For clarity, here is the full clause in the Sympatico User Agreement in which the reporter did not capture correctly and is referring to:

Clause 17 of the Sympatico Service Agreement reads as follows:

User Information; Other Information. Your messages may be the subject of unauthorized third party interception and review. An individual with Internet access can cause, among other things, damage, incur expenses and enter into contractual obligations while on the Internet. All such matters are your sole responsibility. Your Service Provider has no obligation to monitor the Service, any content or your use of Your Service Provider's networks. However, you agree that Your Service Provider reserves the right from time to time to monitor the Service electronically, monitor or investigate content or your use of Your Service Provider's networks, including without limitation bandwidth consumption, and to disclose any information necessary to satisfy any laws, regulations or other governmental request from any applicable jurisdiction, or as necessary to operate the Service or to protect itself or others.

You hereby acknowledge that Your Service Provider, its affiliates, agents and suppliers may retain and use any information, comments or ideas conveyed by you relating to the Service (including any products and services made available on the Service). This information may be used to provide you with better service.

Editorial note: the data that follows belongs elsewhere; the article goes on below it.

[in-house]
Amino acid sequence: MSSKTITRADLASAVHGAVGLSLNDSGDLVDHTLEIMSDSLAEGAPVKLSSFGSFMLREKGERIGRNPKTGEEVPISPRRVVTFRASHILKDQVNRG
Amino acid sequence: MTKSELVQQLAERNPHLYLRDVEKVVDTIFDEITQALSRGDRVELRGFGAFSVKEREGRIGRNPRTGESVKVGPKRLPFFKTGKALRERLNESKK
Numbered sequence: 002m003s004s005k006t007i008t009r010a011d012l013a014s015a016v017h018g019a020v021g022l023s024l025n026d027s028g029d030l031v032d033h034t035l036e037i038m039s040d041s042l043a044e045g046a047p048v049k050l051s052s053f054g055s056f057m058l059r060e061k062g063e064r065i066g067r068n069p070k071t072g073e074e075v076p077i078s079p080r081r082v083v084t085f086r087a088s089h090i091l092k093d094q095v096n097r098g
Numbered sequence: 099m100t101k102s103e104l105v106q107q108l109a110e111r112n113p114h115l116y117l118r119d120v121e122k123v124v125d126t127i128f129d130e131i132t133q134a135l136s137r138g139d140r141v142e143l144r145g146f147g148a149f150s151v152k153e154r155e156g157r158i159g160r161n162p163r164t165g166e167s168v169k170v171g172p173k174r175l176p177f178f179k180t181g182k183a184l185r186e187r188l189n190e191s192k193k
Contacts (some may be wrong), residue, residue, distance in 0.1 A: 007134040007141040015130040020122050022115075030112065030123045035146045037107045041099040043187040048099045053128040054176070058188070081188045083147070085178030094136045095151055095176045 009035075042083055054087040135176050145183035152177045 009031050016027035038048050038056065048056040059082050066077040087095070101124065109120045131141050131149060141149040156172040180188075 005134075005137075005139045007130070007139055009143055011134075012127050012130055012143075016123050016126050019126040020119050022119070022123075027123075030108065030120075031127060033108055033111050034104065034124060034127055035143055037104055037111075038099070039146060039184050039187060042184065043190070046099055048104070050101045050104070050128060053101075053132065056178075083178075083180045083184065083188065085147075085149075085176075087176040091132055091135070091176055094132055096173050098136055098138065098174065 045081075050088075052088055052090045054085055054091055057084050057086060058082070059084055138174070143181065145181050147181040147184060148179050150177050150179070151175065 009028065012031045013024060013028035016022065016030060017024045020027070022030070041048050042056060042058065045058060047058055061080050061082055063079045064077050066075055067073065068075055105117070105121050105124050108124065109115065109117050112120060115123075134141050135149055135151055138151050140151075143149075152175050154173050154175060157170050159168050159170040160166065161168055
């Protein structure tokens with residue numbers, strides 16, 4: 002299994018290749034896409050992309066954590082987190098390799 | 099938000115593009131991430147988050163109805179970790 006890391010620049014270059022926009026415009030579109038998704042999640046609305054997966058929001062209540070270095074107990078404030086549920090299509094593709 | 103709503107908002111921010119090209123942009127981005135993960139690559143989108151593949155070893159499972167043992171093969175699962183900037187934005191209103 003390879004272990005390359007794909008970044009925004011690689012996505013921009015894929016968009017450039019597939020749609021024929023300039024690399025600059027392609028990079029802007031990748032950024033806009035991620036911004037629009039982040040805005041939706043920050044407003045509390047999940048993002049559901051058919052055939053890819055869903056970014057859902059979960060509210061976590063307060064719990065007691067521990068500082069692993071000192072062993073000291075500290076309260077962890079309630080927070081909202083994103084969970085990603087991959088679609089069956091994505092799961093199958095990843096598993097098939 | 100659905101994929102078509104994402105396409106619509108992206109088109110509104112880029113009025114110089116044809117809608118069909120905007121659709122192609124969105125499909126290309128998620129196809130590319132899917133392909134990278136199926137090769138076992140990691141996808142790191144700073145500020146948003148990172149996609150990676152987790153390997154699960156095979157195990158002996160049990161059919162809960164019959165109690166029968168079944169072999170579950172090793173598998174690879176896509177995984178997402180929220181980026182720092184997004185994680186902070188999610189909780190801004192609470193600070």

Your Service Provider may send you Service related information on a regular basis via email addressed to your Sympatico parent email address. You agree to review and to familiarize yourself with all such Service related information, and Your Service Provider is not liable for any damage or detriment to you or your property resulting from your failure to do so. Your continued use of the Service following delivery of any such Service related information means that you accept and agree to comply with such information.

Paolo Pasquini, Associate Director

Bell Canada Media Relations

I write privacy policies and website terms of use agreements all the time. Like any contract, you need to be very careful with the words you use and the possible interpretations those words can bear. Even if Sympatico has no itent to start trolling users activities, that is a very poor choice of wording. With the level of paranoia out there, it was inevitable that this pargraph would be interpreted this way and would cause such an uproar.

More coverage:

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6/29/2006 06:10:00 AM  :: (1 comments)  ::  Backlinks
I find it interesting that the changes to the Sympatico Service Agreement went through effective June 15, 2006 but the privacy policy on the Sympatico site makes no mention of the changes. It is also interesting that these important changes were highlighted in the media, but the changes were not highlighted by Bell to their customers via their web page (